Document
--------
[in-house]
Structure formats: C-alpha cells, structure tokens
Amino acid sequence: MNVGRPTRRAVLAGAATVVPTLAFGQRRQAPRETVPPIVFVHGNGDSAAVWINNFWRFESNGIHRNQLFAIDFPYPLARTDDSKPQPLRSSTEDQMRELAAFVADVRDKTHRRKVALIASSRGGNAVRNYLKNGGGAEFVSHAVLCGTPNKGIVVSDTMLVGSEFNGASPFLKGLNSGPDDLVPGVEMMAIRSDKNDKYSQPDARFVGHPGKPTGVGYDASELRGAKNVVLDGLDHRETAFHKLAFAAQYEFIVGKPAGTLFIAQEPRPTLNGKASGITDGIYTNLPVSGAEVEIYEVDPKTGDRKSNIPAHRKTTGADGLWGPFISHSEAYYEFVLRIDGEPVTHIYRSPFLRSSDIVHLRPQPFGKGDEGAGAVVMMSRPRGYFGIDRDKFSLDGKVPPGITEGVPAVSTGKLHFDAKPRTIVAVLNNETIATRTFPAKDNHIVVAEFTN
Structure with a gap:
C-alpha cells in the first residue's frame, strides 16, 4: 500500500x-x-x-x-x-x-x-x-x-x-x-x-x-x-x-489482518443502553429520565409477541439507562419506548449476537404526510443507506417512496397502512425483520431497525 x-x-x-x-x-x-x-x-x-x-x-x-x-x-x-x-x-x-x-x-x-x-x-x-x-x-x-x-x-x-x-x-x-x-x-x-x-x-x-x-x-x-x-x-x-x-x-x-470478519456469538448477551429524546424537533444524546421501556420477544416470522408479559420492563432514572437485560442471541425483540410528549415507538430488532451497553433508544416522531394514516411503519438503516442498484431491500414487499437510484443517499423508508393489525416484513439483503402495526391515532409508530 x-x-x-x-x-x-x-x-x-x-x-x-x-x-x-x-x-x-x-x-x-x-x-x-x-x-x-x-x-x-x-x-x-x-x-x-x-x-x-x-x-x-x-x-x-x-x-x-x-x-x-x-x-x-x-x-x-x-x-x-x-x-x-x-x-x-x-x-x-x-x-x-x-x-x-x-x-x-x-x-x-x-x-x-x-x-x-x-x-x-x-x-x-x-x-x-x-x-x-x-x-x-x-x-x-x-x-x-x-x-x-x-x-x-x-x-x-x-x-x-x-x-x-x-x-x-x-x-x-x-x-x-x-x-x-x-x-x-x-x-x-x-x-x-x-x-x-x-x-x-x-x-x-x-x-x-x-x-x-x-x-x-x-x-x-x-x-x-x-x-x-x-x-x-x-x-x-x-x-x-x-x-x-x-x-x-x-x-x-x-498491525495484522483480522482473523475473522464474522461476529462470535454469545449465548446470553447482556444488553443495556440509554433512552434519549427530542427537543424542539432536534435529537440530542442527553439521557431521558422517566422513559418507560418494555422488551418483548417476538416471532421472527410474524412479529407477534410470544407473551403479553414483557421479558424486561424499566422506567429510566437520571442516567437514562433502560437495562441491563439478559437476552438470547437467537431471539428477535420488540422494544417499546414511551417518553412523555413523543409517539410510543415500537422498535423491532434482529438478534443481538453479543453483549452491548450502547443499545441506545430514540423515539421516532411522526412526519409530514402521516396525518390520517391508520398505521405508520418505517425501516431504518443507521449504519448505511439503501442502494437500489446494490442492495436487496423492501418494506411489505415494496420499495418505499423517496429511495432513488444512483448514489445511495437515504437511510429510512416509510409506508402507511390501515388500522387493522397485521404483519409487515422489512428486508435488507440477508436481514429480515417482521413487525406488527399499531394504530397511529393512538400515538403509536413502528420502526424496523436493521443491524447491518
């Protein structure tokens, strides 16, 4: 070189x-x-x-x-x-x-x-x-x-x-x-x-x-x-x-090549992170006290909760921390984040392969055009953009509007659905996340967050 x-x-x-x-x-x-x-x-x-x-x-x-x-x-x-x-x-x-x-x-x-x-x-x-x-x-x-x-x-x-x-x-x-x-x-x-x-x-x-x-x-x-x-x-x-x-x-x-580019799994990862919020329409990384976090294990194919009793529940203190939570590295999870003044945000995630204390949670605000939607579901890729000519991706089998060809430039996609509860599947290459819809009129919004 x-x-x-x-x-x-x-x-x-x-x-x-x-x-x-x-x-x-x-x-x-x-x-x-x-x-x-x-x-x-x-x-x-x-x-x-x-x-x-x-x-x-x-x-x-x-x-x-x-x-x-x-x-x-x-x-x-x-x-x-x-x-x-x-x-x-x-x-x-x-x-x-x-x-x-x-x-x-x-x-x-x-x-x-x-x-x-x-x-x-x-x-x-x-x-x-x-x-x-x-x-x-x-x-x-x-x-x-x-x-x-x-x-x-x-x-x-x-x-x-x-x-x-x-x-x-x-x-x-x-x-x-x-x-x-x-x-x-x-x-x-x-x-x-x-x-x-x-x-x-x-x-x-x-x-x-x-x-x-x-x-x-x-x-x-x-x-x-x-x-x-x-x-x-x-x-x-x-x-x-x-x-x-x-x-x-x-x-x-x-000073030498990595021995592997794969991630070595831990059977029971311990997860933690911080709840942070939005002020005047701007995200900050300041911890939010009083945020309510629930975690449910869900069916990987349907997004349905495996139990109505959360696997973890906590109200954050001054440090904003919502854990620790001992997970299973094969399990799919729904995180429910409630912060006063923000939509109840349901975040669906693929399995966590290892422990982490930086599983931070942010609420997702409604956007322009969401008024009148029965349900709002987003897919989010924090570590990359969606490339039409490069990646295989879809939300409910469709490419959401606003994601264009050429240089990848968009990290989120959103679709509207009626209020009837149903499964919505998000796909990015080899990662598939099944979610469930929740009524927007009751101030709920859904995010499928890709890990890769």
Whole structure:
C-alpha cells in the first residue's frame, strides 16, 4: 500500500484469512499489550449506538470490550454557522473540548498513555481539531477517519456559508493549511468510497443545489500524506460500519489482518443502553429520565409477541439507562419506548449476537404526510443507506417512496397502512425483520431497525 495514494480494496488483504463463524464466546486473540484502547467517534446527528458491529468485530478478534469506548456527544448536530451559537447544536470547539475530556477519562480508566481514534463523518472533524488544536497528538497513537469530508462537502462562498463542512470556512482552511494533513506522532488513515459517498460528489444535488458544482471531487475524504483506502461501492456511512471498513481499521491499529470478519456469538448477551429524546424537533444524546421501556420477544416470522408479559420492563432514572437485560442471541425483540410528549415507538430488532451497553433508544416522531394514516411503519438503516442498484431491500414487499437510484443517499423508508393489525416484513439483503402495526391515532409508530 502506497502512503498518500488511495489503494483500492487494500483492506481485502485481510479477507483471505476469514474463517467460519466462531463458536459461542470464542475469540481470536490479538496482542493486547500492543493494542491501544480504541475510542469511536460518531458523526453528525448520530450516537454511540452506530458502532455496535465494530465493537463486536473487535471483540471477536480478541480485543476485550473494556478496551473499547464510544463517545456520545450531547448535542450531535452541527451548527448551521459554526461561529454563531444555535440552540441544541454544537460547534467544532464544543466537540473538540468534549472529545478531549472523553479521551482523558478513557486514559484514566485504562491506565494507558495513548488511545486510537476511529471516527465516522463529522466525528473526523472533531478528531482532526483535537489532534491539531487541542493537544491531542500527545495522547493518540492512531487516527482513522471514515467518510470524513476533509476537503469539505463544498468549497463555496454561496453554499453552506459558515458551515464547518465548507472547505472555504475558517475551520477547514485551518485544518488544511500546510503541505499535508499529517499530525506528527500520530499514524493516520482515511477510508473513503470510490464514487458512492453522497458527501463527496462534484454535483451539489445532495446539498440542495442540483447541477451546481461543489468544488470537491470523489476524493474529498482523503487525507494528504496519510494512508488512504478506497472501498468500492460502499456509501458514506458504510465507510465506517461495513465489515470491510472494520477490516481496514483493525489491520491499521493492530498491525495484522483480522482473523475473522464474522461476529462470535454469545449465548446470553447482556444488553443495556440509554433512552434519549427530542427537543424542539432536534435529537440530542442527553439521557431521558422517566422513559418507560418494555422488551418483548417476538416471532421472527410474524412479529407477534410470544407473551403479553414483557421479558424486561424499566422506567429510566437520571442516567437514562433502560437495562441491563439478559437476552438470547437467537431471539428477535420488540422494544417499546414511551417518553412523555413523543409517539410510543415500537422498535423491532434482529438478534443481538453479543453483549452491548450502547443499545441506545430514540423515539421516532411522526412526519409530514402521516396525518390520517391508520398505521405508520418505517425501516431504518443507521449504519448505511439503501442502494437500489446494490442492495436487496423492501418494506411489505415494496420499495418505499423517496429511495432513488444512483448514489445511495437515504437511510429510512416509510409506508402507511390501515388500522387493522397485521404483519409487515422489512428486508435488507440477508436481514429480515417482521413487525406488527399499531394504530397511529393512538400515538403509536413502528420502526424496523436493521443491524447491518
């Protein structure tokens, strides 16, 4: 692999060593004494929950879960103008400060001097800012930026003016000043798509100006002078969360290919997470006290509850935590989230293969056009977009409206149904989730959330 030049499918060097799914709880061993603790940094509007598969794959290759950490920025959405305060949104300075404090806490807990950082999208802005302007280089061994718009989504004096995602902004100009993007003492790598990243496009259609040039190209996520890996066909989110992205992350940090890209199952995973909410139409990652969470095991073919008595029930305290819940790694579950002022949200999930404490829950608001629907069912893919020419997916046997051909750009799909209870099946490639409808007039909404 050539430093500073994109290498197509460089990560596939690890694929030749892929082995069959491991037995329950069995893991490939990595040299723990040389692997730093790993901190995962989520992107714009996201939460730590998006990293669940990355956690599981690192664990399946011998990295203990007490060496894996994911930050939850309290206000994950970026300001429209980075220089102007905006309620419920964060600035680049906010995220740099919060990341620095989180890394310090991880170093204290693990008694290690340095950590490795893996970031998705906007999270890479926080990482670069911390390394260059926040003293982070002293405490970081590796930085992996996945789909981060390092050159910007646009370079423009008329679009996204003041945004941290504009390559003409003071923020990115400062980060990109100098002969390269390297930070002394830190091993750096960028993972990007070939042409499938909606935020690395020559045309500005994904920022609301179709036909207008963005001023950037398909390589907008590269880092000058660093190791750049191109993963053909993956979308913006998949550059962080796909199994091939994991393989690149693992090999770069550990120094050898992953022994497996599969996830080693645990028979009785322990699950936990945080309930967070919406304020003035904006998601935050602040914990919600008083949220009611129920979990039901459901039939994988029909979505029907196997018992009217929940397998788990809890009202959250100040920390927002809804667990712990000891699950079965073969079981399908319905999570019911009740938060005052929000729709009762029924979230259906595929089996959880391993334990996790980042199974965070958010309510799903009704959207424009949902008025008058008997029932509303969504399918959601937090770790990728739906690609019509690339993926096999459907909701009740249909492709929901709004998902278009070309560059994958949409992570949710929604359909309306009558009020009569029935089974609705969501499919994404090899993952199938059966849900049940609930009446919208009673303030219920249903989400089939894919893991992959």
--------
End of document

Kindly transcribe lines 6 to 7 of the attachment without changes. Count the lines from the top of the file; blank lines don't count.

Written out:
């Protein structure tokens, strides 16, 4: 070189x-x-x-x-x-x-x-x-x-x-x-x-x-x-x-090549992170006290909760921390984040392969055009953009509007659905996340967050 x-x-x-x-x-x-x-x-x-x-x-x-x-x-x-x-x-x-x-x-x-x-x-x-x-x-x-x-x-x-x-x-x-x-x-x-x-x-x-x-x-x-x-x-x-x-x-x-580019799994990862919020329409990384976090294990194919009793529940203190939570590295999870003044945000995630204390949670605000939607579901890729000519991706089998060809430039996609509860599947290459819809009129919004 x-x-x-x-x-x-x-x-x-x-x-x-x-x-x-x-x-x-x-x-x-x-x-x-x-x-x-x-x-x-x-x-x-x-x-x-x-x-x-x-x-x-x-x-x-x-x-x-x-x-x-x-x-x-x-x-x-x-x-x-x-x-x-x-x-x-x-x-x-x-x-x-x-x-x-x-x-x-x-x-x-x-x-x-x-x-x-x-x-x-x-x-x-x-x-x-x-x-x-x-x-x-x-x-x-x-x-x-x-x-x-x-x-x-x-x-x-x-x-x-x-x-x-x-x-x-x-x-x-x-x-x-x-x-x-x-x-x-x-x-x-x-x-x-x-x-x-x-x-x-x-x-x-x-x-x-x-x-x-x-x-x-x-x-x-x-x-x-x-x-x-x-x-x-x-x-x-x-x-x-x-x-x-x-x-x-x-x-x-x-000073030498990595021995592997794969991630070595831990059977029971311990997860933690911080709840942070939005002020005047701007995200900050300041911890939010009083945020309510629930975690449910869900069916990987349907997004349905495996139990109505959360696997973890906590109200954050001054440090904003919502854990620790001992997970299973094969399990799919729904995180429910409630912060006063923000939509109840349901975040669906693929399995966590290892422990982490930086599983931070942010609420997702409604956007322009969401008024009148029965349900709002987003897919989010924090570590990359969606490339039409490069990646295989879809939300409910469709490419959401606003994601264009050429240089990848968009990290989120959103679709509207009626209020009837149903499964919505998000796909990015080899990662598939099944979610469930929740009524927007009751101030709920859904995010499928890709890990890769």
Whole structure: